The National Commission on Small Arms (NACSA) in collaboration with the Foundation for Security Development in Africa, have organized a multi-stakeholder forum to ratify the Treaty Prohibiting Nuclear Weapons (TPNW) in Ghana.
The forum brought together relevant institutions and stakeholders to deliberate and develop a roadmap to facilitate the speedy ratification of the Treaty.
The processes in the ratification is to seek Cabinet and Parliamentary approval for the Minister of Foreign Affairs to deposit the instrument of ratification at the United Nations for implementation in Ghana.
The implementation of the Treaty is monitored through meetings of States Parties, which will be convened in January 2022 to assess the Treaty's status and implementation and related decisions.
Ghana is expected to attend the meeting as a State Party but for it to be possible, she must have ratified the treaty and deposited the instrument of ratification by October 15, 2021.
Ghana signed the treaty in New York on September 20, 2017 and was among 122 states that voted in favour of its adoption to break the impasse and to make real progress towards a world free of nuclear weapons.
Mr Jones Borteye Applerh, Executive Secretary, NACSA, speaking at the opening ceremony of the event, commended all the stakeholders who had played key roles in the negotiation process to the signing of the treaty.
He said the TPNW was developed in response to the long-standing concerns about the disastrous humanitarian consequences of the use of nuclear weapons, stressing "the treaty is to complements other existing disarmament measures".
Prior to this treaty, there have been several attempts to limit the spread or possession of nuclear weapons globally, such as the Treaty on the Non-Proliferation of nuclear weapons, which was negotiated in 1968 and came into legal effect in 1970.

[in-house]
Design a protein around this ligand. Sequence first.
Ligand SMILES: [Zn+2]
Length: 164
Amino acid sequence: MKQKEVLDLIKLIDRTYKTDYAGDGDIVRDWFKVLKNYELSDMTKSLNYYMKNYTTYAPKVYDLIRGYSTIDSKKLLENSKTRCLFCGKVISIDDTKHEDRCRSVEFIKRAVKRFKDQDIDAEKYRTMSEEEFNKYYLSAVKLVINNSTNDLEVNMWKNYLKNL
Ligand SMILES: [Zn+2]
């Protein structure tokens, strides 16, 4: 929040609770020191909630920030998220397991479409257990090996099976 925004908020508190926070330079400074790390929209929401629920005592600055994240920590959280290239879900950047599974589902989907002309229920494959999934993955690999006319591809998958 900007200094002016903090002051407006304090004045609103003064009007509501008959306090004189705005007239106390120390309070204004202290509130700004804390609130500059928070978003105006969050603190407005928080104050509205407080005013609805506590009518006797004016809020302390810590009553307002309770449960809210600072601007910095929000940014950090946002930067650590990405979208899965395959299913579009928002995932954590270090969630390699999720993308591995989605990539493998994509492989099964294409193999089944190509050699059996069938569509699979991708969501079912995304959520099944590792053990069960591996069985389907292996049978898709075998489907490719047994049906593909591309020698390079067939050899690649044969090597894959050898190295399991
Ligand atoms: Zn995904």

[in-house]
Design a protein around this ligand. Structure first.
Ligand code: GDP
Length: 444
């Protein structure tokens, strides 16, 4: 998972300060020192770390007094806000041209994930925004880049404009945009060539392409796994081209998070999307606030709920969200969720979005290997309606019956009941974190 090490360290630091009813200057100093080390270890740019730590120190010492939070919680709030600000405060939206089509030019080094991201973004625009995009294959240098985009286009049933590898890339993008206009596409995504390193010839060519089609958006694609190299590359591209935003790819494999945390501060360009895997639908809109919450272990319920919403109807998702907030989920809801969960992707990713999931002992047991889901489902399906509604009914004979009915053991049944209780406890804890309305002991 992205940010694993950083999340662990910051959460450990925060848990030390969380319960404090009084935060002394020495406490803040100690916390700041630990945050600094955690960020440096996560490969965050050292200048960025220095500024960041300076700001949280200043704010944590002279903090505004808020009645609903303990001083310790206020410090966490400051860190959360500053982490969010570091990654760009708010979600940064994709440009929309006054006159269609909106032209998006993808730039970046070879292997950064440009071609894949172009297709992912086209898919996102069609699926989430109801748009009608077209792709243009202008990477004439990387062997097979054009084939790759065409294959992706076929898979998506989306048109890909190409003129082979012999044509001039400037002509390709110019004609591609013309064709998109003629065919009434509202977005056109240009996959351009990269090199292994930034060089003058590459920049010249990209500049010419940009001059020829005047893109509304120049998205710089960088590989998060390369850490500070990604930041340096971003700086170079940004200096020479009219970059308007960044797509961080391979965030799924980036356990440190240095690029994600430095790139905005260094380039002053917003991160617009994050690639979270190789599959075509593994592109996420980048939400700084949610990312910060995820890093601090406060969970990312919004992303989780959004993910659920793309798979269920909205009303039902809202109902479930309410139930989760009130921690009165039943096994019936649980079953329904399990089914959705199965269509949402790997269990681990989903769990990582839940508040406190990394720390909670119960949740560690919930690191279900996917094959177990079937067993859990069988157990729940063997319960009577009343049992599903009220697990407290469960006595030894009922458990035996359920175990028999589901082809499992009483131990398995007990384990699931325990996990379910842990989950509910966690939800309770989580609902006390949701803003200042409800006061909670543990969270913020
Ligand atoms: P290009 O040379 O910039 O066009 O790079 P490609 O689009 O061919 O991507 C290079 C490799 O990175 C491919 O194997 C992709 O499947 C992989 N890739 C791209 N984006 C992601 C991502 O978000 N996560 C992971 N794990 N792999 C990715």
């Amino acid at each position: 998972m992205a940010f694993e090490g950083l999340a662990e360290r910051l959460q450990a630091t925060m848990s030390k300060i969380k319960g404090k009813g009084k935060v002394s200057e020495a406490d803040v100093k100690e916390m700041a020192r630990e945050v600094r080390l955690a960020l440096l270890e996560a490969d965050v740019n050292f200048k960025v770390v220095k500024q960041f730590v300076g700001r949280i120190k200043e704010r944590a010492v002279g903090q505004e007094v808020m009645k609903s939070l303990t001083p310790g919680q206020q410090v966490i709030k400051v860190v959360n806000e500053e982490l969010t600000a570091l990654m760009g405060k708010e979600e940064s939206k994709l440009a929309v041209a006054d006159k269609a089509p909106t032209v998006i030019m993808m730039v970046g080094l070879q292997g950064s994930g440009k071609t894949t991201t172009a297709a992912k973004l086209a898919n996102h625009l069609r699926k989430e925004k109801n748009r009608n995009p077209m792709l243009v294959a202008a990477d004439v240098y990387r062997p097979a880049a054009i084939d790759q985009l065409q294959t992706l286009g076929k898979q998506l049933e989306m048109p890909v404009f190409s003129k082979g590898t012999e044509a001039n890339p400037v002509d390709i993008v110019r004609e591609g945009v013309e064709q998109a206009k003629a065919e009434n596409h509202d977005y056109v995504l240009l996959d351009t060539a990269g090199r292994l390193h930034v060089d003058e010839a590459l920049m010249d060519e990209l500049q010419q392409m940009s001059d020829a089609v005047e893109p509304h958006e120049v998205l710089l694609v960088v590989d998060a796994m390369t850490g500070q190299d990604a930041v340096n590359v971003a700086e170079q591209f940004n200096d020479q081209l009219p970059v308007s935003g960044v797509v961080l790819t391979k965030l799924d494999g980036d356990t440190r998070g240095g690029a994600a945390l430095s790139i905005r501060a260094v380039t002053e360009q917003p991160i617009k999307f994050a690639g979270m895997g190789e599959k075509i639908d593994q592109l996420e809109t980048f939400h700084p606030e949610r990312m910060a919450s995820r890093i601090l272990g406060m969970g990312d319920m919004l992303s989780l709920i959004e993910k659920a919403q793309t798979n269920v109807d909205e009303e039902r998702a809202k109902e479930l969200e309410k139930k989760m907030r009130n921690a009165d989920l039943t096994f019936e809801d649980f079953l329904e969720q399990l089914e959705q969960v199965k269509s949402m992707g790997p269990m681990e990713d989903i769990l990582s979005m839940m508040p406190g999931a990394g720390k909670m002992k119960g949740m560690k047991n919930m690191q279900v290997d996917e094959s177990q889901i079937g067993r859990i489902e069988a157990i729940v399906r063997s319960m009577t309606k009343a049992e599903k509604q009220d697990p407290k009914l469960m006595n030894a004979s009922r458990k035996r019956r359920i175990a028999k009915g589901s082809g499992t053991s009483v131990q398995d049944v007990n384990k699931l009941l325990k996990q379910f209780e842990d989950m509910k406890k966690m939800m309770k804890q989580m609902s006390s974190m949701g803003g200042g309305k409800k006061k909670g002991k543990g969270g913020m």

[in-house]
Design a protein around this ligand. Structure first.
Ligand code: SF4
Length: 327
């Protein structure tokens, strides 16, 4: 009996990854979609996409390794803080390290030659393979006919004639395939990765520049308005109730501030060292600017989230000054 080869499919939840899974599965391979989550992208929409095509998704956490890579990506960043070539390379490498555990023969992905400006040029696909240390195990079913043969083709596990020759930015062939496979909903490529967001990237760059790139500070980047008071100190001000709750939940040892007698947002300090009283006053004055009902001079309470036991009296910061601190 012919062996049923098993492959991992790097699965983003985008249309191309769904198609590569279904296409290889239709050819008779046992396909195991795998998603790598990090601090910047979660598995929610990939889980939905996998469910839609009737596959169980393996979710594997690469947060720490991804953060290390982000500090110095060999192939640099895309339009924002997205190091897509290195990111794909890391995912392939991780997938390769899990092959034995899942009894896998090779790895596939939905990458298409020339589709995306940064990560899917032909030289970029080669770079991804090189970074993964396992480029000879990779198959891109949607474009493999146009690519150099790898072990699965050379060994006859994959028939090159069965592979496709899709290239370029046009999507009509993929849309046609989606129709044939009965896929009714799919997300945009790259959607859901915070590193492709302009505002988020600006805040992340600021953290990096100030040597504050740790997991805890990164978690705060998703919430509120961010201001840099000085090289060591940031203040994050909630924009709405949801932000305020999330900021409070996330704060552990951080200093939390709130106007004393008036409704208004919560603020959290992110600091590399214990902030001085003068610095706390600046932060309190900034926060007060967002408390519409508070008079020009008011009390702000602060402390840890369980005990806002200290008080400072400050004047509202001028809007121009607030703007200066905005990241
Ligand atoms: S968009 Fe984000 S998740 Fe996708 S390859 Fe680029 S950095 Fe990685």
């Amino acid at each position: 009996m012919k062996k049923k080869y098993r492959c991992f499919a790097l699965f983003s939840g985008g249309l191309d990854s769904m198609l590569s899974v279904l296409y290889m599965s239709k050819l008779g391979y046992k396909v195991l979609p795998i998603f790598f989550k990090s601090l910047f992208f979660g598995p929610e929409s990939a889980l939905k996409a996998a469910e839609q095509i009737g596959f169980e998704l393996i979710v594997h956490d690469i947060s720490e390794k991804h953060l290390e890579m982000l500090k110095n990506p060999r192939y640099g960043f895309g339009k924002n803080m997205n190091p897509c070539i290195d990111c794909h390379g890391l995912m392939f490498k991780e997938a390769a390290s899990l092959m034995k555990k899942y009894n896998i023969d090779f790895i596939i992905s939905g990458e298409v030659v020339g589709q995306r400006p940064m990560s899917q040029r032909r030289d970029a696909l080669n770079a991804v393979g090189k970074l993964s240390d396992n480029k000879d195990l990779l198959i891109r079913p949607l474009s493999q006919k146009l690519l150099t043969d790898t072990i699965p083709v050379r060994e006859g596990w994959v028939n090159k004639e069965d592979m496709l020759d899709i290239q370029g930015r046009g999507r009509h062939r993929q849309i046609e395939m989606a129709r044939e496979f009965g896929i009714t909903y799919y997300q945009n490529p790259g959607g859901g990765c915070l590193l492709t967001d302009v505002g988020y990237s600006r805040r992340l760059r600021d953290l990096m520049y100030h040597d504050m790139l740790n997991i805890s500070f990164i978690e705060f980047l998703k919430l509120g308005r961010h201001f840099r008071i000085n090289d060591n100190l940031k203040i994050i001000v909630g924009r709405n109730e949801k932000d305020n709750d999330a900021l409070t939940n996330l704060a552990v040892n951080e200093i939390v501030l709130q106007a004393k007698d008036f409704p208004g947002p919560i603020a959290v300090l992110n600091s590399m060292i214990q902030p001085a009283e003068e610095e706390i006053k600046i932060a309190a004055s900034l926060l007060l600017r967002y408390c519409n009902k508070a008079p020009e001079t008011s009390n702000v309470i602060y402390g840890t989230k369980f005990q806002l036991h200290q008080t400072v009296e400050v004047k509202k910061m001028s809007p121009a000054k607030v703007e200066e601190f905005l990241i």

As of January 22, 2021, when the Treaty came into force, there were 86 countries which had signed the treaty, including Ghana.
Currently, 54 countries have ratified globally, with eight African states including three from the Economic Community of West African States also having ratified the treaty.
Mr Applerh said it would create a forum for cooperation and assistance for Ghana to improve her capacity in addressing various humanitarian law implementation challenges.
It will also provide the opportunity to exchange experiences with the major military powers who are at the forefront of humanitarian and peacekeeping, promotion and support operations.
Mrs Theodora Williams Anti, Programmes Manager, FOSDA, said the Foundation was a member of the International Coalition to Abolish Nuclear Weapons that advocated for Ghana to ratify the treaty to remained a nuclear weapon free country.
She said Ghana was a member of the African Nuclear-Weapon-Free Zone (Pelindaba) Treaty, which was opened for signature on April 12, 1996 in Cairo, Egypt and entered into force on July 15, 2009.
The Pelindaba Treaty, she said, prohibited the research, development, manufacture, stockpiling, acquisition, testing, possession, control or stationing of nuclear weapons, as well as the dumping of radioactive wastes.
She said it was important for African countries to join and create awareness about the treaty, stressing that Ghana's ratification of the treaty would create a norm against the use of nuclear weapons.